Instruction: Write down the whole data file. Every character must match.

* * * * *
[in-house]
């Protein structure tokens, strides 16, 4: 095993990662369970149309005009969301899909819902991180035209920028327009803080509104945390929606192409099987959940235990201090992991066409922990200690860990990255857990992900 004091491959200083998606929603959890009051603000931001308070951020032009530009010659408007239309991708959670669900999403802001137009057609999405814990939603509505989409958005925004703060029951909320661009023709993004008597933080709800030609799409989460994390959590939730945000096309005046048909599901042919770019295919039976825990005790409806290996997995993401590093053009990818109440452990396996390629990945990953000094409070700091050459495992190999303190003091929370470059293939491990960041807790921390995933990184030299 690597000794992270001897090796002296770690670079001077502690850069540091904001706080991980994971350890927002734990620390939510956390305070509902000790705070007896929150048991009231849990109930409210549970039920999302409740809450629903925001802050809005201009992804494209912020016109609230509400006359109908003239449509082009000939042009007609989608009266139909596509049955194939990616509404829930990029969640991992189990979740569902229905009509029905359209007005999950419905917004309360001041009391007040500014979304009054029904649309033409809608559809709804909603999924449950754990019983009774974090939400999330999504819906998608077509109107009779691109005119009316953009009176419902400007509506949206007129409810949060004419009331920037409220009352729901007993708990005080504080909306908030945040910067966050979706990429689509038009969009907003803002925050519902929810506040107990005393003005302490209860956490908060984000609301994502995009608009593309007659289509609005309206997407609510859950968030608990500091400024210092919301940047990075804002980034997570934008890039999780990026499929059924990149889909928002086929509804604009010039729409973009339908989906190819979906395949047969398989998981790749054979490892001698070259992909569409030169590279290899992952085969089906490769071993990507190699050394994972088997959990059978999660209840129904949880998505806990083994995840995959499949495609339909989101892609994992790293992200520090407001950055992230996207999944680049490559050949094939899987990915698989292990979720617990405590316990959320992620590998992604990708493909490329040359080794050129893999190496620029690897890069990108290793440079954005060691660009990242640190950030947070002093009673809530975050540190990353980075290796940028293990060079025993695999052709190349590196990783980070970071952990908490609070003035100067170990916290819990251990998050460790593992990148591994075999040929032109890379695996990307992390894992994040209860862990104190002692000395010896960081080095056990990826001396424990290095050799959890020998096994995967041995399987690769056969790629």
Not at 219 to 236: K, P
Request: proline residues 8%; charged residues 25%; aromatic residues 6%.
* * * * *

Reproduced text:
[in-house]
């Protein structure tokens, strides 16, 4: 095993990662369970149309005009969301899909819902991180035209920028327009803080509104945390929606192409099987959940235990201090992991066409922990200690860990990255857990992900 004091491959200083998606929603959890009051603000931001308070951020032009530009010659408007239309991708959670669900999403802001137009057609999405814990939603509505989409958005925004703060029951909320661009023709993004008597933080709800030609799409989460994390959590939730945000096309005046048909599901042919770019295919039976825990005790409806290996997995993401590093053009990818109440452990396996390629990945990953000094409070700091050459495992190999303190003091929370470059293939491990960041807790921390995933990184030299 690597000794992270001897090796002296770690670079001077502690850069540091904001706080991980994971350890927002734990620390939510956390305070509902000790705070007896929150048991009231849990109930409210549970039920999302409740809450629903925001802050809005201009992804494209912020016109609230509400006359109908003239449509082009000939042009007609989608009266139909596509049955194939990616509404829930990029969640991992189990979740569902229905009509029905359209007005999950419905917004309360001041009391007040500014979304009054029904649309033409809608559809709804909603999924449950754990019983009774974090939400999330999504819906998608077509109107009779691109005119009316953009009176419902400007509506949206007129409810949060004419009331920037409220009352729901007993708990005080504080909306908030945040910067966050979706990429689509038009969009907003803002925050519902929810506040107990005393003005302490209860956490908060984000609301994502995009608009593309007659289509609005309206997407609510859950968030608990500091400024210092919301940047990075804002980034997570934008890039999780990026499929059924990149889909928002086929509804604009010039729409973009339908989906190819979906395949047969398989998981790749054979490892001698070259992909569409030169590279290899992952085969089906490769071993990507190699050394994972088997959990059978999660209840129904949880998505806990083994995840995959499949495609339909989101892609994992790293992200520090407001950055992230996207999944680049490559050949094939899987990915698989292990979720617990405590316990959320992620590998992604990708493909490329040359080794050129893999190496620029690897890069990108290793440079954005060691660009990242640190950030947070002093009673809530975050540190990353980075290796940028293990060079025993695999052709190349590196990783980070970071952990908490609070003035100067170990916290819990251990998050460790593992990148591994075999040929032109890379695996990307992390894992994040209860862990104190002692000395010896960081080095056990990826001396424990290095050799959890020998096994995967041995399987690769056969790629």
Not at 219 to 236: K, P
Request: proline residues 8%; charged residues 25%; aromatic residues 6%.